While certainly useful, economic forecasts shouldn’t distract decision makers from pursuing sound economic strategies.
In a recent report, the World Bank Monitor said Jordan’s maximum real growth this year was unlikely to exceed 2.4 percent. While the average outlook over the 2017 to 2019 period expects a growth rate of no more than 2.6 percent.
This gloomy forecast contradicts the Jordanian government’s prediction for 2018 of a real growth rate of over 3 percent, and the promised take off by the first half of 2019. So who should we believe?
I’m personally inclined to come down on the side of the government, though I don’t think we have a chance of leaving the bottleneck by the first half of next year. Taking off and leaving the bottleneck requires a real growth rate of no less than 6 percent. This is the only acceptable growth that would lead us to job creation. Only with a growth rate of 6 percent or more can the economy absorb all the new comers to the labor market and some of the unemployment stock.
In other words, I believe that keeping the momentum of supply side policies, and marching towards more open policies with the private sector are the key issues that will help this government to achieve its macroeconomic objectives.
To achieve these targets, the government needs to abstain from sending any new tax laws to parliament. It’s unwise to tinker with tax structures within recessionary periods as this, which would only add to the uncertainty about where the economy is heading.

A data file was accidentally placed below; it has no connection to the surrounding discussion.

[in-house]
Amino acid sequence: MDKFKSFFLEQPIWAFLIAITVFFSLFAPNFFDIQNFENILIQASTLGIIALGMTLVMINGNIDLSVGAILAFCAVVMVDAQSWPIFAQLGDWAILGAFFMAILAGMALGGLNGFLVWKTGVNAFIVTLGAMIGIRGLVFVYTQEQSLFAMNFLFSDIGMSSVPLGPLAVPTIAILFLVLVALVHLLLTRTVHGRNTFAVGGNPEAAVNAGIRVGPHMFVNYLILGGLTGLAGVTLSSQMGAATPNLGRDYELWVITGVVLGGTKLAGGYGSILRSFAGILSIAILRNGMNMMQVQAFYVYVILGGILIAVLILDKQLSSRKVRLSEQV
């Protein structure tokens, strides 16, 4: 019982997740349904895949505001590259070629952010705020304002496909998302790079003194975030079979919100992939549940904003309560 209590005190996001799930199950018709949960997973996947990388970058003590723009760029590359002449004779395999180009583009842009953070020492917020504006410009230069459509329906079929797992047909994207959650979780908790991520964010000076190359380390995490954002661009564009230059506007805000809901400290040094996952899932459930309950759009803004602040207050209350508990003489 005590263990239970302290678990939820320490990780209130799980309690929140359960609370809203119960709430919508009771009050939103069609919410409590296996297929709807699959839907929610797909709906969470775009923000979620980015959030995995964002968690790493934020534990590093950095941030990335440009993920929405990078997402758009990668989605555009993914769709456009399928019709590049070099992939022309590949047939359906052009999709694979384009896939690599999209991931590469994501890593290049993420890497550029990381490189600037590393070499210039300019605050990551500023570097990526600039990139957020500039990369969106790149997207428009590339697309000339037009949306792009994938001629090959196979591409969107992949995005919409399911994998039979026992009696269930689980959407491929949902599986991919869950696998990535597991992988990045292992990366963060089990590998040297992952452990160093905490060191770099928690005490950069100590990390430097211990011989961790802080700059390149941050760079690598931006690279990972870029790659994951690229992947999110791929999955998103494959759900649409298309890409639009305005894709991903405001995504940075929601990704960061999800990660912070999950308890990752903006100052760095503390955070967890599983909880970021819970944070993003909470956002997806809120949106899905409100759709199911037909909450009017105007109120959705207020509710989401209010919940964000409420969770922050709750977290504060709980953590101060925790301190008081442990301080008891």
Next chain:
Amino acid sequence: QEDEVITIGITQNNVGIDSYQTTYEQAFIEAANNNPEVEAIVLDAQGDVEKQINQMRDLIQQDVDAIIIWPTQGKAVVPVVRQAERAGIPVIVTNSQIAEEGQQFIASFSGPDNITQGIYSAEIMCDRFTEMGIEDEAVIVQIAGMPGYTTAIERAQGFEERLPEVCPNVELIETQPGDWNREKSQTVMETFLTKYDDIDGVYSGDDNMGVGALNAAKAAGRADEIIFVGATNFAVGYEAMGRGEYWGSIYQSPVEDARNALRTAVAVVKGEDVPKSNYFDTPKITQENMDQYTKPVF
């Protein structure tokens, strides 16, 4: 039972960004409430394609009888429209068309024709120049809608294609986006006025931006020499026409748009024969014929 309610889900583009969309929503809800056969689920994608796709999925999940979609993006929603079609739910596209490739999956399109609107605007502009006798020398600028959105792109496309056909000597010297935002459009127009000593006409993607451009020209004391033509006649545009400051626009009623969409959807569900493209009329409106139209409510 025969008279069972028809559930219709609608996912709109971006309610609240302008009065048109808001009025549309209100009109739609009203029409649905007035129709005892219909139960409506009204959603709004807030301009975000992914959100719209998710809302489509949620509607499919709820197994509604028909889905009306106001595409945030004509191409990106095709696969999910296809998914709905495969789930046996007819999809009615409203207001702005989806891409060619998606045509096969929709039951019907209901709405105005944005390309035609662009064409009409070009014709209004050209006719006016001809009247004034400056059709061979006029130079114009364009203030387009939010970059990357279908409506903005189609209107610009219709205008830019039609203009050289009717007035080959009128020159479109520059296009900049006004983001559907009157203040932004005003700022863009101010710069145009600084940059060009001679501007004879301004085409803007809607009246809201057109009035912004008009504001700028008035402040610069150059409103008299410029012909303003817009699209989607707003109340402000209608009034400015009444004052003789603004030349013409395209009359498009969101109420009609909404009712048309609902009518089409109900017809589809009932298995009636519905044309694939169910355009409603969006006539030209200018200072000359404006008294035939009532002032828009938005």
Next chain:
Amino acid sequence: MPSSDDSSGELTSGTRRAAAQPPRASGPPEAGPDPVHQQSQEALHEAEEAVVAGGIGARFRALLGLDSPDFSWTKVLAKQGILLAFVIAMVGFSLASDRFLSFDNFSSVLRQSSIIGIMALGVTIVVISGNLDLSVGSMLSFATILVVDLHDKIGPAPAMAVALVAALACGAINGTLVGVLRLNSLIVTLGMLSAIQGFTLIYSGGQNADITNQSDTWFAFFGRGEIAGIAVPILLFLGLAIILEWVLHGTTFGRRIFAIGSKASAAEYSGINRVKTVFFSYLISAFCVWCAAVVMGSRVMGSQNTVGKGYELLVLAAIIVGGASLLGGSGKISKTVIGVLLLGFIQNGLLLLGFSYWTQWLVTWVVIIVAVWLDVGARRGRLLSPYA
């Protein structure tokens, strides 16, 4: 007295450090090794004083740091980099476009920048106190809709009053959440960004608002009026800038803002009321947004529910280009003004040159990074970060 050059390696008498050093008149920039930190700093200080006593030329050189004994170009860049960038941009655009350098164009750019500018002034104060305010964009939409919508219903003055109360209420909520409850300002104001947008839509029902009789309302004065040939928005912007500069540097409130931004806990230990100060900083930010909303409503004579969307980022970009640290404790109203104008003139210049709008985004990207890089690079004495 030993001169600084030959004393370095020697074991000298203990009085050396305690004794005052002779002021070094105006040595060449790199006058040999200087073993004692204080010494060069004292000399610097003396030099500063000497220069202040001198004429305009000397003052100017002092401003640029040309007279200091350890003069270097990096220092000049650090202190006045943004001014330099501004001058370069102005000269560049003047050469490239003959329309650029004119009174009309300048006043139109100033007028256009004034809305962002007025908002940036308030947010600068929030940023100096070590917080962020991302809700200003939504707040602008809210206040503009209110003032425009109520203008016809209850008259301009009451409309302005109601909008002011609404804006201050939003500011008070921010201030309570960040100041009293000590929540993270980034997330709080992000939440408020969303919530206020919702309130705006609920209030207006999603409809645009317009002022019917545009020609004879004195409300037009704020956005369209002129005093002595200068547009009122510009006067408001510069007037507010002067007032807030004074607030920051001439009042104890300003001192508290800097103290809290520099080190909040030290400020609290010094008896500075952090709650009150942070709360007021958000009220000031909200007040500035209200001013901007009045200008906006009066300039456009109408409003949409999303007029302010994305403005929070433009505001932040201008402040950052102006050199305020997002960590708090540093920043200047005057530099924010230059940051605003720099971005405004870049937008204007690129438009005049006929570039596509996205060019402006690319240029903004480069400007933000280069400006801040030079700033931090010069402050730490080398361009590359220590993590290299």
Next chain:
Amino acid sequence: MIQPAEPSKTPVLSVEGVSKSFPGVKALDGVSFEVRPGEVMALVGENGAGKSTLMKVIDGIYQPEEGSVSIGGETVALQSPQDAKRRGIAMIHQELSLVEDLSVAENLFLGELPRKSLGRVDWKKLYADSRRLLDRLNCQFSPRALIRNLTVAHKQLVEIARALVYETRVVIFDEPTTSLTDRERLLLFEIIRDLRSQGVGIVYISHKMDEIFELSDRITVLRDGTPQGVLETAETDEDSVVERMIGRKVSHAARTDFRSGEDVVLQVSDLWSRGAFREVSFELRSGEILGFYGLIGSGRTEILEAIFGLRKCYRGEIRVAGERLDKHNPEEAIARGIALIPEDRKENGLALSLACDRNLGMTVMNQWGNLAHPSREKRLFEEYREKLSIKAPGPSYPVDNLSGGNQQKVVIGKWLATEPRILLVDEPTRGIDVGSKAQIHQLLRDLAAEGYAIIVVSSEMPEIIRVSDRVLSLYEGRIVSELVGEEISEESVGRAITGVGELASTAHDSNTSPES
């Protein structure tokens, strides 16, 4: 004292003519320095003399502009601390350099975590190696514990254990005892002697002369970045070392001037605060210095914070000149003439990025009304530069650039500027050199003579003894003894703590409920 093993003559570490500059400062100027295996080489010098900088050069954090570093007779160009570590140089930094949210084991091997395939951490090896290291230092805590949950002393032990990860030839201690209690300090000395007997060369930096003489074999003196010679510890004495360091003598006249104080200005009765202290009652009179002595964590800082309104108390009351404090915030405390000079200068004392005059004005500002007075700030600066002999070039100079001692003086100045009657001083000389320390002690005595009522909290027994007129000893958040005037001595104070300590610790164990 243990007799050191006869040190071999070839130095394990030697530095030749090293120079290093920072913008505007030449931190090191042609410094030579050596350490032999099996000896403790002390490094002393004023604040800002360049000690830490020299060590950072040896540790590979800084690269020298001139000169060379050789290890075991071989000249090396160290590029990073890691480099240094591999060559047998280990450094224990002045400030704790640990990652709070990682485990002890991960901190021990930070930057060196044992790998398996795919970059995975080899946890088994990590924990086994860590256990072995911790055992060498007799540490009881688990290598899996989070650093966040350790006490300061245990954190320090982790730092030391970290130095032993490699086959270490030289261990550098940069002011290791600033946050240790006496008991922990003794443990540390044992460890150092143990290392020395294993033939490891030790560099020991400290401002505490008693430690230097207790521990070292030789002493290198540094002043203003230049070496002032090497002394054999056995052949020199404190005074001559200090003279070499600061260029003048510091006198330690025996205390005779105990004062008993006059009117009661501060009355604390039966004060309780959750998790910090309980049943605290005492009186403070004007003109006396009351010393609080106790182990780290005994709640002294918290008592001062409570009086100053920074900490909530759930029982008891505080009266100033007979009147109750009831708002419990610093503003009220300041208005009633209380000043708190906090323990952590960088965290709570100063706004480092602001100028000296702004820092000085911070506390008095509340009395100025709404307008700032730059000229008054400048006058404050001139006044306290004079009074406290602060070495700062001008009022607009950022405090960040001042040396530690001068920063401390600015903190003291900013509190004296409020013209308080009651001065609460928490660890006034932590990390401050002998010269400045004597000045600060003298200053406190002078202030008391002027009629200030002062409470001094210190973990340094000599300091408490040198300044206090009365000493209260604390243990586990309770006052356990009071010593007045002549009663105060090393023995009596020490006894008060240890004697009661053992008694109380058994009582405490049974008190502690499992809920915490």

Although the new tax law is meant to deal with some genuine distortions in the Jordanian tax structure, especially when it comes to the tax base and tax evasion, but one can sstill assume that this can be postponed for now in order to avoid sending such a negative signal to the market.
The only acceptable signal today is the one that the new economic team sent earlier this year, in an effort to encourage future and potential investments or the expansion of current businesses. Despite the current levels of economic uncertainty and recession, achieving the 3 percent real growth rate or even above is doable. But it can’t be guaranteed through new tax policies, even if they are overdues. It can only be achieved through new investment funds or attracting new investment. To this end, the government should identify and promote investment opportunities across a range of sectors. One such investment opportunity could be the planned light railway project between Amman and Zarqa, for instance.
There is a huge difference today between going to a potentially cash-loaded institution with a rewarding investment opportunity, and pleading for more cash to support a distorted budget.
Finally, there is a well-known fact that says you approach investors with potential investment opportunities, not with an amended tax law. They care about the first, while the latter scares them away. If the government does not continue what it recently started in supporting the supply side of the economy, then we have to believe the World Bank’s forecasts, which expect more modest growth rates and no exit from the bottleneck in the foreseeable future.